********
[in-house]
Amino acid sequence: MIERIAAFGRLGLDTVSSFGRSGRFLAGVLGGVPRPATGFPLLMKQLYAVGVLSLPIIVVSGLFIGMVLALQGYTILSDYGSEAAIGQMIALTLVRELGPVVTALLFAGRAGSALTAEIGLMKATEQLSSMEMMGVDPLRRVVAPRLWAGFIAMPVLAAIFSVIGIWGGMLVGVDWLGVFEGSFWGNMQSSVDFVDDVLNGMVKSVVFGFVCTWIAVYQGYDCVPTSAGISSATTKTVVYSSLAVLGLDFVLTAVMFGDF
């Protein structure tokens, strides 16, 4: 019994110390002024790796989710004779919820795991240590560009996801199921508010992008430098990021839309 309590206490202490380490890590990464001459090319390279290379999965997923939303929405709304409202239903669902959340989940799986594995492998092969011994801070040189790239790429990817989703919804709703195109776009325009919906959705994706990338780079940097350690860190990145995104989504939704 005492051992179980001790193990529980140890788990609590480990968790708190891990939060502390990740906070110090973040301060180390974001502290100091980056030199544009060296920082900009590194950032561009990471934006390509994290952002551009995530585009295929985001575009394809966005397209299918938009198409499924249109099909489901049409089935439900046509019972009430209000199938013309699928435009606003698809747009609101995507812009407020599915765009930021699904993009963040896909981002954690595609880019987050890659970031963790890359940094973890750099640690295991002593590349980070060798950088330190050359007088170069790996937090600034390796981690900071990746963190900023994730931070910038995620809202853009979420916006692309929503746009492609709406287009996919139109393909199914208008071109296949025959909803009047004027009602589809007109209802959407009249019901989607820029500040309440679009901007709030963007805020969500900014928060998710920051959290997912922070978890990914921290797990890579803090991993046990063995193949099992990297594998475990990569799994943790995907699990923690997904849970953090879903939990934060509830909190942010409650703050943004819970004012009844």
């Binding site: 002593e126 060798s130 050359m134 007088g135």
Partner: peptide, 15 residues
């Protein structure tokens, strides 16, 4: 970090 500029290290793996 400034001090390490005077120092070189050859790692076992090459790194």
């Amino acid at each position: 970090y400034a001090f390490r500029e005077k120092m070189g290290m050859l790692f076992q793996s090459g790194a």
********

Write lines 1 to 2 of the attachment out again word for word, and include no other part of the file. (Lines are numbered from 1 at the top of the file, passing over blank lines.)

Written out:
[in-house]
Amino acid sequence: MIERIAAFGRLGLDTVSSFGRSGRFLAGVLGGVPRPATGFPLLMKQLYAVGVLSLPIIVVSGLFIGMVLALQGYTILSDYGSEAAIGQMIALTLVRELGPVVTALLFAGRAGSALTAEIGLMKATEQLSSMEMMGVDPLRRVVAPRLWAGFIAMPVLAAIFSVIGIWGGMLVGVDWLGVFEGSFWGNMQSSVDFVDDVLNGMVKSVVFGFVCTWIAVYQGYDCVPTSAGISSATTKTVVYSSLAVLGLDFVLTAVMFGDF